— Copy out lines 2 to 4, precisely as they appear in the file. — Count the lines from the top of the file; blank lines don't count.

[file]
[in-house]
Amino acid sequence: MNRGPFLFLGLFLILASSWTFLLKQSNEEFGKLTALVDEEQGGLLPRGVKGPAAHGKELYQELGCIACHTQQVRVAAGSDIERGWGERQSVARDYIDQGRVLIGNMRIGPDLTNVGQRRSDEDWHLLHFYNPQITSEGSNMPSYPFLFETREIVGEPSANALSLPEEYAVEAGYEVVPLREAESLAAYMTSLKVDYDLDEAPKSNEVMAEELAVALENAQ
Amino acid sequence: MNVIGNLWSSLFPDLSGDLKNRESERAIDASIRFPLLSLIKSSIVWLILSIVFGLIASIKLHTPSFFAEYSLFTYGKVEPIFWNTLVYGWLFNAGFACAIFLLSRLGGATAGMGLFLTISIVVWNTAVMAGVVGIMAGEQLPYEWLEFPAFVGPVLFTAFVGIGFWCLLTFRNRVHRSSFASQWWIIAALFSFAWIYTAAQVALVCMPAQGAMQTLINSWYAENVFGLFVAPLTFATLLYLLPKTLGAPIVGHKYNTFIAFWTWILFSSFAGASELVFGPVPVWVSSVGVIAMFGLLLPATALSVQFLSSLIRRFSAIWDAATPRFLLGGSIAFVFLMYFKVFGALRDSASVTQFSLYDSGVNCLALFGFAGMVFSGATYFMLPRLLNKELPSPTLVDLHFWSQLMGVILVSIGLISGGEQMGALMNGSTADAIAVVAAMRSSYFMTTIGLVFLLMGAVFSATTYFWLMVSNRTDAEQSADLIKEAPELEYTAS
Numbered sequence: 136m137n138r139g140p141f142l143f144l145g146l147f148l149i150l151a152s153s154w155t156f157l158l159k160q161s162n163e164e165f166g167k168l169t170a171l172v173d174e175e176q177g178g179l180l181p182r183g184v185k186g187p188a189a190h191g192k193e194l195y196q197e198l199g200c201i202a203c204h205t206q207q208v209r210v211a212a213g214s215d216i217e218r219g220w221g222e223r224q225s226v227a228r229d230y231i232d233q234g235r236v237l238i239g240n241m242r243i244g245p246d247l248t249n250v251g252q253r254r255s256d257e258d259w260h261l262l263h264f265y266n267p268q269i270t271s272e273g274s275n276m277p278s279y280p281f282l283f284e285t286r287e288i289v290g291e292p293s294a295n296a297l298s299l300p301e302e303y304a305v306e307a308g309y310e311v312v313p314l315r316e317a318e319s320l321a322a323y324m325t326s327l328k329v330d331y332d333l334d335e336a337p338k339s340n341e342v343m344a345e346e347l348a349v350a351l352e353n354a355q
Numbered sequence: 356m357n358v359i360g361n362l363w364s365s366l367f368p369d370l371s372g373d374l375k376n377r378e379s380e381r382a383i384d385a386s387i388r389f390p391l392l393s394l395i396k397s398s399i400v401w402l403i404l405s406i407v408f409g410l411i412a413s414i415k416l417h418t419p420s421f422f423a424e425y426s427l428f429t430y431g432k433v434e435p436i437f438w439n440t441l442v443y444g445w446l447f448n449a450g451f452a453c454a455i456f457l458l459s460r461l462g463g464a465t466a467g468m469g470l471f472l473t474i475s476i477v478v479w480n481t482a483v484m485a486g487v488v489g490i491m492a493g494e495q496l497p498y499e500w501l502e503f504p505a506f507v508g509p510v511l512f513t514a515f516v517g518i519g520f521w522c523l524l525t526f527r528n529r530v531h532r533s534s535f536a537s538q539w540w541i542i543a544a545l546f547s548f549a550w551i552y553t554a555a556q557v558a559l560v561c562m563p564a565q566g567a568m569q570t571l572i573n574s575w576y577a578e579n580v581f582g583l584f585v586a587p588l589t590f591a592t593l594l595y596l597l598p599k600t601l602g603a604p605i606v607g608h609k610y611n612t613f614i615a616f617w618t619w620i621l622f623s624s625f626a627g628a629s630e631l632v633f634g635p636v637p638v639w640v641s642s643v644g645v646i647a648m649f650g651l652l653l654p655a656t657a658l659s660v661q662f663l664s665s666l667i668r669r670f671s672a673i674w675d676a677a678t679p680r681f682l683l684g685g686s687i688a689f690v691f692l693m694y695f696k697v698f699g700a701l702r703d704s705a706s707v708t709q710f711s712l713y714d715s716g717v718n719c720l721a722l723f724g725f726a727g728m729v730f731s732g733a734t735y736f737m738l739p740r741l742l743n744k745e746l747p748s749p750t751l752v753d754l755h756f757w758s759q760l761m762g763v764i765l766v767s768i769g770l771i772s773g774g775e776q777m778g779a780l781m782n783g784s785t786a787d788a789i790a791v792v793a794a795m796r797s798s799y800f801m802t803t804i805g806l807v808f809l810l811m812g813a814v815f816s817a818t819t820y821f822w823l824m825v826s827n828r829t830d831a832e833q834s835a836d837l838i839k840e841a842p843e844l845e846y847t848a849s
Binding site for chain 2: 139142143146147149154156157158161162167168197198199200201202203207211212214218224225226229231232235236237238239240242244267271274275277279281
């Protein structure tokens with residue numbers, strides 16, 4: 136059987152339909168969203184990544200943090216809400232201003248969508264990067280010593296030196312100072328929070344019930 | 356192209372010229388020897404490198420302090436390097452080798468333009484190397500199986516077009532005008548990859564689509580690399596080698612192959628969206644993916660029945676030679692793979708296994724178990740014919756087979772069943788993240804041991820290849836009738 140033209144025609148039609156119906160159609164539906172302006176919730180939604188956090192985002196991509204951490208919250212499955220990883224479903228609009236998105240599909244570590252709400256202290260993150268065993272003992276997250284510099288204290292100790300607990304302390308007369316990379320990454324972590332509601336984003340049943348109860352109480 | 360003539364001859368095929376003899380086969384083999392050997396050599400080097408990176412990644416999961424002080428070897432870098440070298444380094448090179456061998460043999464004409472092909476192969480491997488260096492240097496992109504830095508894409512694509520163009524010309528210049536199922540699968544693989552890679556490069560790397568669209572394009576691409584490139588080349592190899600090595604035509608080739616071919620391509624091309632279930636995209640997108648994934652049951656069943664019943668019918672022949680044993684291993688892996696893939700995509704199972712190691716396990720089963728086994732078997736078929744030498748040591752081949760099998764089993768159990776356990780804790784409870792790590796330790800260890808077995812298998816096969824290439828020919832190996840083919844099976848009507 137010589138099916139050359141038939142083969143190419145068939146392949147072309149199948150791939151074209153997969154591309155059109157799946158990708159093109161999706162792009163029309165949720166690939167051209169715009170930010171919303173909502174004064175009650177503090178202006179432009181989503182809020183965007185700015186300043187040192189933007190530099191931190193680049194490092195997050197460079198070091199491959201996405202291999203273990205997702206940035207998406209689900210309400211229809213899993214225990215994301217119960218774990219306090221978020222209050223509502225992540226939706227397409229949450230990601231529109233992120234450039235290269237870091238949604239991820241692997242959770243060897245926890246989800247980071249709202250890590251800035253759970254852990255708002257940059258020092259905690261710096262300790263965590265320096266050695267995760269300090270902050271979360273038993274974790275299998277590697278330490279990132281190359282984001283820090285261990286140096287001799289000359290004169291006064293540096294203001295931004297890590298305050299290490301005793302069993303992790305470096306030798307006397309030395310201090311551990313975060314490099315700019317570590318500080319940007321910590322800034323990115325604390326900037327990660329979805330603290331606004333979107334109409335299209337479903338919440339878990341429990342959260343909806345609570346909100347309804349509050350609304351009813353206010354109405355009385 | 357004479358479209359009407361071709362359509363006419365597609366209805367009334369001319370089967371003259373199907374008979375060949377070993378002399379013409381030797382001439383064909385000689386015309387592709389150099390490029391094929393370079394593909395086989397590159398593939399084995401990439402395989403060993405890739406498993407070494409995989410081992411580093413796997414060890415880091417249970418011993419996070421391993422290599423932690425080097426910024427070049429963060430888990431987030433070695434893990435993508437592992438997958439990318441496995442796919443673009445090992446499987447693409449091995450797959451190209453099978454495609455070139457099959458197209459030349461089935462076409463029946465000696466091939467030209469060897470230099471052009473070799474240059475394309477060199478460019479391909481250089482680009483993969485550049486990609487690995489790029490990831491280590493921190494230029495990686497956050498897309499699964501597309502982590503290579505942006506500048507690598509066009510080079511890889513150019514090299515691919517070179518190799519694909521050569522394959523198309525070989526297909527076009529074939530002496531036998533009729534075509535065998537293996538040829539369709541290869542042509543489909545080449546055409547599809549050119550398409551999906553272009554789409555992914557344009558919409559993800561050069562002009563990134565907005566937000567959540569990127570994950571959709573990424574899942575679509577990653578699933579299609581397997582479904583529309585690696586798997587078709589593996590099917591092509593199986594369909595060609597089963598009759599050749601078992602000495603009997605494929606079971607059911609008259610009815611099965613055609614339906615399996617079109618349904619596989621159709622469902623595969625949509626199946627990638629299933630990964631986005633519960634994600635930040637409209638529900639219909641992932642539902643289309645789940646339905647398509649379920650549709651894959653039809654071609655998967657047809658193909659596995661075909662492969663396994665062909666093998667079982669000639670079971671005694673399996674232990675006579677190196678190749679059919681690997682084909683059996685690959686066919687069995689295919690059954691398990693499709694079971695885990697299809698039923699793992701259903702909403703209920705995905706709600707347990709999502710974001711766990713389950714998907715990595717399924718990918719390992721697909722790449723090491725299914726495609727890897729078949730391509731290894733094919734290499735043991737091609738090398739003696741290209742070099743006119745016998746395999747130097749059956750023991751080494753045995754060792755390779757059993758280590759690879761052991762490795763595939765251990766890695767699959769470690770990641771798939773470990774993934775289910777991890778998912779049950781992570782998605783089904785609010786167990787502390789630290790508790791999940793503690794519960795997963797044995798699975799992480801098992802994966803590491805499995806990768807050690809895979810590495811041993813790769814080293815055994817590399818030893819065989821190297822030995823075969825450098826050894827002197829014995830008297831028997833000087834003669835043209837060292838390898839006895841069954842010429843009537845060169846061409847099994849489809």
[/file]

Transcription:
Amino acid sequence: MNRGPFLFLGLFLILASSWTFLLKQSNEEFGKLTALVDEEQGGLLPRGVKGPAAHGKELYQELGCIACHTQQVRVAAGSDIERGWGERQSVARDYIDQGRVLIGNMRIGPDLTNVGQRRSDEDWHLLHFYNPQITSEGSNMPSYPFLFETREIVGEPSANALSLPEEYAVEAGYEVVPLREAESLAAYMTSLKVDYDLDEAPKSNEVMAEELAVALENAQ
Amino acid sequence: MNVIGNLWSSLFPDLSGDLKNRESERAIDASIRFPLLSLIKSSIVWLILSIVFGLIASIKLHTPSFFAEYSLFTYGKVEPIFWNTLVYGWLFNAGFACAIFLLSRLGGATAGMGLFLTISIVVWNTAVMAGVVGIMAGEQLPYEWLEFPAFVGPVLFTAFVGIGFWCLLTFRNRVHRSSFASQWWIIAALFSFAWIYTAAQVALVCMPAQGAMQTLINSWYAENVFGLFVAPLTFATLLYLLPKTLGAPIVGHKYNTFIAFWTWILFSSFAGASELVFGPVPVWVSSVGVIAMFGLLLPATALSVQFLSSLIRRFSAIWDAATPRFLLGGSIAFVFLMYFKVFGALRDSASVTQFSLYDSGVNCLALFGFAGMVFSGATYFMLPRLLNKELPSPTLVDLHFWSQLMGVILVSIGLISGGEQMGALMNGSTADAIAVVAAMRSSYFMTTIGLVFLLMGAVFSATTYFWLMVSNRTDAEQSADLIKEAPELEYTAS
Numbered sequence: 136m137n138r139g140p141f142l143f144l145g146l147f148l149i150l151a152s153s154w155t156f157l158l159k160q161s162n163e164e165f166g167k168l169t170a171l172v173d174e175e176q177g178g179l180l181p182r183g184v185k186g187p188a189a190h191g192k193e194l195y196q197e198l199g200c201i202a203c204h205t206q207q208v209r210v211a212a213g214s215d216i217e218r219g220w221g222e223r224q225s226v227a228r229d230y231i232d233q234g235r236v237l238i239g240n241m242r243i244g245p246d247l248t249n250v251g252q253r254r255s256d257e258d259w260h261l262l263h264f265y266n267p268q269i270t271s272e273g274s275n276m277p278s279y280p281f282l283f284e285t286r287e288i289v290g291e292p293s294a295n296a297l298s299l300p301e302e303y304a305v306e307a308g309y310e311v312v313p314l315r316e317a318e319s320l321a322a323y324m325t326s327l328k329v330d331y332d333l334d335e336a337p338k339s340n341e342v343m344a345e346e347l348a349v350a351l352e353n354a355q